Channeling your inner Tony today, are we, John? Shouldn't surprise me, but he makes the same exact argument all the time.

  • Proprietist||

    And equal legal protection by the courts and the federal bureaucracies IS an individual right. The government is not permitted to discriminate on the basis of sex (which is why male-only selective service is also unconstitutional.) Anti-gay marriage laws are discrimination on the basis of sex, is it not?

  • John||

    Not anymore than preventing polyamy or any of the other things states have done since the founding of the country is.

    No one intended the 14th Amendment to cover gay marriage. You are only claiming it does because you have decided you like it that way. And that is great right up until someone claims welfare or the right not to be offended is there too. And you and the rest of the Libertarians who are buying this bullshit will not have a single bit of moral credibility to oppose them.

  • Proprietist||

    Now you're just being disingenous, Red Tony. I should expect it, it's just that you sometimes come across as so reasonable I forget how you truly can be at times.

  • Zeb||

    No one intended the 14th Amendment to cover gay marriage

    Sometimes constitutional amendments can have unintended consequences.

  • Way Of The Crane||

    Anti-gay marriage laws are discrimination on the basis of sex, is it not?

    Gay women have the same level of rights as gay men when it comes to getting married. That is, both gay women and gay men are free to marry members of the opposite sex.

    This is why the sexual discrimination argument doesn't work from a legal standpoint. It is also why conservatives fear the slippery slope of "redefining marriage." if you can marry anyone you want, then what's to stop you from marrying multiple people, animals, etc.

    I think the real problem is that the government is involved in the matter of marriage in the first place.

  • Proprietist||

    We agree that government shouldn't be involved, but that doesn't mean a state-privileged contract between a man and woman that requires consummation and shared residency for spousal immigration is not arbitrarily discriminatory against those who do not want to consummate or live with the opposite gender.

  • DJK||

    Nope. Doesn't work this way. Imagine a man and a woman who are exactly equal in every condition except for their sex. The woman has a right to marry a man and receive federal benefits for it. The man doesn't. Government benefits based on sex. Sex discrimination.

  • Death Rock and Skull||

    As long as wherever the fuck I chose to reside is as libertarian as possible, I do not give a fuck how it comes about. I am also totally in support of imposing libertarianism on places where other people live. Fuck statists.

  • John||

    Well death, if you plan to put your boot on their neck, you can't really bitch when they do the same to you.

  • Proprietist||

    Nobody is "planning to put our boot on their neck". We are telling them to get their boots off someone else's neck.

  • John||

    And since when is the right to get government permission to live together being a "nonstatist"?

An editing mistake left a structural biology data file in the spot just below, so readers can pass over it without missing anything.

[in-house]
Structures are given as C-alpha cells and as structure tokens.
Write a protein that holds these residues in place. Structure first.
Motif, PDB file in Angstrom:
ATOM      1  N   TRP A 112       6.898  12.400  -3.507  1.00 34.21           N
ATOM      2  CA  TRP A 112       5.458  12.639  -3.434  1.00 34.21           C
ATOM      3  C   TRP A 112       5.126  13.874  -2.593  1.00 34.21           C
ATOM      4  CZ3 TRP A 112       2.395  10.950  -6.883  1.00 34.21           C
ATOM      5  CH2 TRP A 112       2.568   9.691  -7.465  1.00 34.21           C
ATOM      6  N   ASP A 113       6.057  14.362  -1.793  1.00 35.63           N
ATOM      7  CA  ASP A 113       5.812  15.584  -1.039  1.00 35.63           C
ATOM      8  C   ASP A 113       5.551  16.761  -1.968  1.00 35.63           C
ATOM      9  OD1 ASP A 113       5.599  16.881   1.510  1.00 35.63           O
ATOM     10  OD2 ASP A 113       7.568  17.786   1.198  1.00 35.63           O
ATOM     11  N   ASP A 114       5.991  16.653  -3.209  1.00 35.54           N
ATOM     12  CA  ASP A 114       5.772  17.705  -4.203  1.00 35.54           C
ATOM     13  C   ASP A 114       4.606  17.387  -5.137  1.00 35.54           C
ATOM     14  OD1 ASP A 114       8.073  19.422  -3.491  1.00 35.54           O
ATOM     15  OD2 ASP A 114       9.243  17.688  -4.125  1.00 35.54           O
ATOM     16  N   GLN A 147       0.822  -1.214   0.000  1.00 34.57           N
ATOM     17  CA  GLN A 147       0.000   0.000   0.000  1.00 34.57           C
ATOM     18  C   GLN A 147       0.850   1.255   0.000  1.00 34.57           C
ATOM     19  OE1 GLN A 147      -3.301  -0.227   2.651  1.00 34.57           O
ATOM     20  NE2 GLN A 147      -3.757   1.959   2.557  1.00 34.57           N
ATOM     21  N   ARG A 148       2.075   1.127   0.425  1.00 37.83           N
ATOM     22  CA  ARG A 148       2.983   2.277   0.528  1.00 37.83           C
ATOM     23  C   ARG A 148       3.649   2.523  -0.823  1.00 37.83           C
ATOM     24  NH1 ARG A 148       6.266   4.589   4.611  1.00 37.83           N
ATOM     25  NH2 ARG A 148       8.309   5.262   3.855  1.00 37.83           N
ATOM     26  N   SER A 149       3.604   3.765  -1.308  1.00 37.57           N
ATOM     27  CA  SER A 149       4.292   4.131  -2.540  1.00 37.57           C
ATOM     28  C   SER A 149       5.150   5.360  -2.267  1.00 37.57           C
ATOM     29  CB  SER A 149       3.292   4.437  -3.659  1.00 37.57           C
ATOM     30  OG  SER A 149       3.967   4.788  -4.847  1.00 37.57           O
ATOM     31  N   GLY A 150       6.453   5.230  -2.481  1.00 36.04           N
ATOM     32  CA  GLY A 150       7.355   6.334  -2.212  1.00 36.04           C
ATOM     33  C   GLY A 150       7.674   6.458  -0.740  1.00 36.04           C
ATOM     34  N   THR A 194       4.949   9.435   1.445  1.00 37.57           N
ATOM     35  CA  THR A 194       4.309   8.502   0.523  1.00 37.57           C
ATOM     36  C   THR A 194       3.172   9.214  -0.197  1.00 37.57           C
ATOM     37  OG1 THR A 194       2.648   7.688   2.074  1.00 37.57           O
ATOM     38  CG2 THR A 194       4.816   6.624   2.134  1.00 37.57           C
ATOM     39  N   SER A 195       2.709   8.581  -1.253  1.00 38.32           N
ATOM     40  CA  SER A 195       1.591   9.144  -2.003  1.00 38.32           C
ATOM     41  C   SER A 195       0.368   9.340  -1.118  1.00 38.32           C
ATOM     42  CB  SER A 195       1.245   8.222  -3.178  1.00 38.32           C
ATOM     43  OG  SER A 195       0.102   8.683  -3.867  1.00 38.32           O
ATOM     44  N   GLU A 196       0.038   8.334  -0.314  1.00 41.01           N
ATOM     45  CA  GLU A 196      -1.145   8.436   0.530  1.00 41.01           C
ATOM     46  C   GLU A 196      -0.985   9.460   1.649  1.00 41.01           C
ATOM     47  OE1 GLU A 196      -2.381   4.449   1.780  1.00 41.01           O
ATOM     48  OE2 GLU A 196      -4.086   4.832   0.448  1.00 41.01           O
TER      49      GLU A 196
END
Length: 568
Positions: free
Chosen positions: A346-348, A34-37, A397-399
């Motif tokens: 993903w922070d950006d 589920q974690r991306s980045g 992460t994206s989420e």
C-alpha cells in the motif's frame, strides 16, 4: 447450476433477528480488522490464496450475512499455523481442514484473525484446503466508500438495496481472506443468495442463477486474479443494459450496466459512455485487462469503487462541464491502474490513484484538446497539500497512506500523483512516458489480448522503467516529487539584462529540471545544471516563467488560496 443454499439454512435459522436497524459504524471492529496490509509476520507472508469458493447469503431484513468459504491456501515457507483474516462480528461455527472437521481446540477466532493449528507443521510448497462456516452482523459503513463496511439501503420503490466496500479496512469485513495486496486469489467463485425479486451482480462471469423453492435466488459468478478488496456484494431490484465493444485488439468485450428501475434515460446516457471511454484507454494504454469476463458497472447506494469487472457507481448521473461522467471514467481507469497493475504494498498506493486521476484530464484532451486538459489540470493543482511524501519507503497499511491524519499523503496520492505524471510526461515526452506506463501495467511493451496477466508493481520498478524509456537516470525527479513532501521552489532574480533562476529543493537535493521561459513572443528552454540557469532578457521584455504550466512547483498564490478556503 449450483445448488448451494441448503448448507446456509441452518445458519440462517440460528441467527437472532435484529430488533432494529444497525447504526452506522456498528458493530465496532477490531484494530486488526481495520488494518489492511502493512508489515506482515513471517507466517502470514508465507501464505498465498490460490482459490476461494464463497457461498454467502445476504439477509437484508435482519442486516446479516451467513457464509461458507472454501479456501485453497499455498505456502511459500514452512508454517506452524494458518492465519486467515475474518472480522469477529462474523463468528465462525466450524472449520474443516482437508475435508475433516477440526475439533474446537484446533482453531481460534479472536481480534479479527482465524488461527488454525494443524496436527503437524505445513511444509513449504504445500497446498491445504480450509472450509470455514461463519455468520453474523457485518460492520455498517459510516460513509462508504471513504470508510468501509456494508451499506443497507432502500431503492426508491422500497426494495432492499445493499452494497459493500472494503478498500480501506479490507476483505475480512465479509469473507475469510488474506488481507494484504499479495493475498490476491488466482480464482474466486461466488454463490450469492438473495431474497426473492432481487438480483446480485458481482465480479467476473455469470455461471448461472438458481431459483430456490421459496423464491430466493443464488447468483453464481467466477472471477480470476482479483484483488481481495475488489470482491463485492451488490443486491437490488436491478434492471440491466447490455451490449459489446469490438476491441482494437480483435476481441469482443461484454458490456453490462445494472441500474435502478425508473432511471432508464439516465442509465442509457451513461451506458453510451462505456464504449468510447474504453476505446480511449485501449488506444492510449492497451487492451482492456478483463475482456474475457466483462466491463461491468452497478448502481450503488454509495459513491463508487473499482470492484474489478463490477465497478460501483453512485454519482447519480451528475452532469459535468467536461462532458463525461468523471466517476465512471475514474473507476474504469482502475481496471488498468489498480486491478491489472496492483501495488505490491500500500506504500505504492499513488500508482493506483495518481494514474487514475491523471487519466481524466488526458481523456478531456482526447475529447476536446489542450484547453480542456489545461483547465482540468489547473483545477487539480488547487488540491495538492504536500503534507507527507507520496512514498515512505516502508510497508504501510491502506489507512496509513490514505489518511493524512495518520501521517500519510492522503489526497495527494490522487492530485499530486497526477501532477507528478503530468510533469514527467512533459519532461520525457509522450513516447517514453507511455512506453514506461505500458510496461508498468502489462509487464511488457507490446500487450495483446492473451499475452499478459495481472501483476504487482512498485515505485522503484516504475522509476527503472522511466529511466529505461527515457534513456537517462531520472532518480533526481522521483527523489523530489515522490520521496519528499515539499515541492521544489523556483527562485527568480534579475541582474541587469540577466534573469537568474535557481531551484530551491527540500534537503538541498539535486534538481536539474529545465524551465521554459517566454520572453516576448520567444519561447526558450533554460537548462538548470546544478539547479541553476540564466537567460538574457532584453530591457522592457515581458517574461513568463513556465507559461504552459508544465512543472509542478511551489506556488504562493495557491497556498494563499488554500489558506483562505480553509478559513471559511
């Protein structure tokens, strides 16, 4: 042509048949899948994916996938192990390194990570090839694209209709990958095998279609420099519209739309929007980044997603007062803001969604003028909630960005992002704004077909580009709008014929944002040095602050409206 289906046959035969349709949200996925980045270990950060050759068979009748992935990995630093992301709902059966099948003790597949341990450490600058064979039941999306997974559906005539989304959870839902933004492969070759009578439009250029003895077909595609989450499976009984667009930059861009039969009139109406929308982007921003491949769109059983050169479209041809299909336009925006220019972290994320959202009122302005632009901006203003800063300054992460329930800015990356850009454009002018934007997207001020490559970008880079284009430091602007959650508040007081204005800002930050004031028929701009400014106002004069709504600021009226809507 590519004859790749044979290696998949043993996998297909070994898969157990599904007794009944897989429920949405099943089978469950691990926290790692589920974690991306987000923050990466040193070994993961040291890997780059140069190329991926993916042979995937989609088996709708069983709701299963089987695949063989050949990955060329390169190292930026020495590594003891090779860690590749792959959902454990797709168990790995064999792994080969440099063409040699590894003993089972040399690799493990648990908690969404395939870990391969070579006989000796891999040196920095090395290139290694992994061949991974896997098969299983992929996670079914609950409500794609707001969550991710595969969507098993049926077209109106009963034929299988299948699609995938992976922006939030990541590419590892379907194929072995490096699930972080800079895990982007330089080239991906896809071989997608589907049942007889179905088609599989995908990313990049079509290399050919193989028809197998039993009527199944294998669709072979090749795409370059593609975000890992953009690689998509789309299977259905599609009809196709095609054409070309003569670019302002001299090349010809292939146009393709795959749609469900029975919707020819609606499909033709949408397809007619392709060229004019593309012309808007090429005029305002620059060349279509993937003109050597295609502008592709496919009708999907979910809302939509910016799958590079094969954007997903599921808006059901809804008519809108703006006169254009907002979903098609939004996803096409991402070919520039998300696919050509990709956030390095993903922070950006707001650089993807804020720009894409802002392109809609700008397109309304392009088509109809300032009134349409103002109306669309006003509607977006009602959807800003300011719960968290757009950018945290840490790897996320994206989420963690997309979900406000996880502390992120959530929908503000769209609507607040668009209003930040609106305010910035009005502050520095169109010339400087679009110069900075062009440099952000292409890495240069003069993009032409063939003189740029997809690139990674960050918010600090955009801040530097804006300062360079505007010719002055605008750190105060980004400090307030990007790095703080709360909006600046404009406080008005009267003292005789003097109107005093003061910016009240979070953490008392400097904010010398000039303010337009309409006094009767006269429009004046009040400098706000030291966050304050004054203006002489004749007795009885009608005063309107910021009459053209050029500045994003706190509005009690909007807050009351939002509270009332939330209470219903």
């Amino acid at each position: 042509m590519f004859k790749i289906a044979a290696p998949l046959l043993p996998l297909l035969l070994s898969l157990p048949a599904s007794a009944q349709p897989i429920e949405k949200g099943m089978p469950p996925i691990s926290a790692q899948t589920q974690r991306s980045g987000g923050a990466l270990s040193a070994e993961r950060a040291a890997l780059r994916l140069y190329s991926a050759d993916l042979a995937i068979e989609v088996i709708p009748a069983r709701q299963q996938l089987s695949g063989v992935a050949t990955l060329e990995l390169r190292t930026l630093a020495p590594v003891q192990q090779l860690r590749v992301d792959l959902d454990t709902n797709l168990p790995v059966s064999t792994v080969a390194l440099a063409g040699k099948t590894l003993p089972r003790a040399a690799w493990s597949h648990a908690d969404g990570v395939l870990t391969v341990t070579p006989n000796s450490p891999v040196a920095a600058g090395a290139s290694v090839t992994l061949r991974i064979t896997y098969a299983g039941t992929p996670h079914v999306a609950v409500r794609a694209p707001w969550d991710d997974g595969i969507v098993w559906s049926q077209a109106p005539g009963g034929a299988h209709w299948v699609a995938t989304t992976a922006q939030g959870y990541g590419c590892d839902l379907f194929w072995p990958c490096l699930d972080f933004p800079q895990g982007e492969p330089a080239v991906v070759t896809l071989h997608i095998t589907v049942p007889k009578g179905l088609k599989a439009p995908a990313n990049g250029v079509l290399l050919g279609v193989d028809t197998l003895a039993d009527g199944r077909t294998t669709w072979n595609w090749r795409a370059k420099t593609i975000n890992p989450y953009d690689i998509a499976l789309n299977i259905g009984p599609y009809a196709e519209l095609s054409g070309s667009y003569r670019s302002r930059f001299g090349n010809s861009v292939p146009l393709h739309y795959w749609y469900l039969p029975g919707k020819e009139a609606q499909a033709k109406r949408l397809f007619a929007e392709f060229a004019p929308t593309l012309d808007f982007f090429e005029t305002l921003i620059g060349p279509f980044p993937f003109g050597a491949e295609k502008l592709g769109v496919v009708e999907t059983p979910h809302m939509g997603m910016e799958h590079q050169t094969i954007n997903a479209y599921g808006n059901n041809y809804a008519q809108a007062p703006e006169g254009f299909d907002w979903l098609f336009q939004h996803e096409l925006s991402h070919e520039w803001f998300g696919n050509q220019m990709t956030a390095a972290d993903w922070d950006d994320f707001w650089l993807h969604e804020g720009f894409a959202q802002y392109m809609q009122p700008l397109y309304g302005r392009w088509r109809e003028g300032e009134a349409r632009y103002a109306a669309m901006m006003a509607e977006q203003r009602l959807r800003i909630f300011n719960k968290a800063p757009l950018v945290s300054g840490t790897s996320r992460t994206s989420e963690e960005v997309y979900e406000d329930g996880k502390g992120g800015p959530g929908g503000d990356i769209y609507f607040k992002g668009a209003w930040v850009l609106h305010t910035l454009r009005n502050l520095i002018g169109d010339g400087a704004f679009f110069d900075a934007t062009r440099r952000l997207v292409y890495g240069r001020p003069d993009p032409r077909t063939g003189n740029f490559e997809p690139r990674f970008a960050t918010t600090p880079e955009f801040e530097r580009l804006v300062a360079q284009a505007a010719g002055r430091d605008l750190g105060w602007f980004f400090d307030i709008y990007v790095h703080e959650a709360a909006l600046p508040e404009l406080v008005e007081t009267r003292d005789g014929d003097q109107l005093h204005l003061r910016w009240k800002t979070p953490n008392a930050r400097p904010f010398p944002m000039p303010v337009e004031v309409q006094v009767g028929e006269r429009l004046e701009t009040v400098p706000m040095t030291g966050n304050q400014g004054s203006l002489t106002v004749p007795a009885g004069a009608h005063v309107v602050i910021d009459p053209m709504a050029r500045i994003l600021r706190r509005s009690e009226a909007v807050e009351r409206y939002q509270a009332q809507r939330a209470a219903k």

• Proprietist||

    I heartily support illegal immigration for gay married couples until they correct federal immigration law.

  • Death Rock and Skull||

    Someone is going to have to put a boot on someone's neck eventually around here.

  • ||

    Yes John, saying some state definitions of marriage are illegitimate is "putting a boot on their neck". Geez.

  • Zeb||

    Has Reason stated a position that bans on gay marriage are unconstitutional? If so, I've missed it.

  • sarcasmic||

    I wonder if the same reasoning will apply regarding the conflict between federal and state marijuana laws.

  • Juice||

    Too late.

  • Anonymous Coward||

    Yay! An abortion topic, a hemp topic, and a gay marriage topic! Must have been a kick-ass cocktail party this weekend!

  • Eduard van Haalen||

    There's free hemp at the gay wedding reception at the Woman's Health Center!

  • Zeb||

    Is hemp in any way controversial here?

  • Way Of The Crane||

    only when used in late term abortions

  • Death Rock and Skull||

    All of them will completely disregard any constitutional argument in favor of making the most vague determination possible that allows the government to do almost whatever the fuck it wants to do.

  • Proprietist||

    John, Tony and their ilk love the negative 9th Amendment: "The enumeration in the Constitution, of certain rights, shall be construed, on the basis of current popular opinion and in however invasive fashion deemed necessary to protect the rule of arbitrary law, to deny or disparage others claimed by the people."

  • John||

    So says the guy who thinks it recognizes a 'right' that is nothing but fashionable thinking. Projection is so strong.

  • Proprietist||

    That's what they once said about miscegenation too, I'm sure.

  • ZinxMinx||

    Sometimes man, you jsut have to roll with it. Wow.

    www.AnonProx.da.bz

  • I GOT HUNG UP SILLY||

    Religious Americans obviously now need to have the same type of keen legal minds who defended the Amish Community from the outside USA community.

    Who is protecting future rights of various straight Religious American families who will be forced into future USA Family Courts across the USA with the Same SEx MarriageGay Judges deciding straight family values ?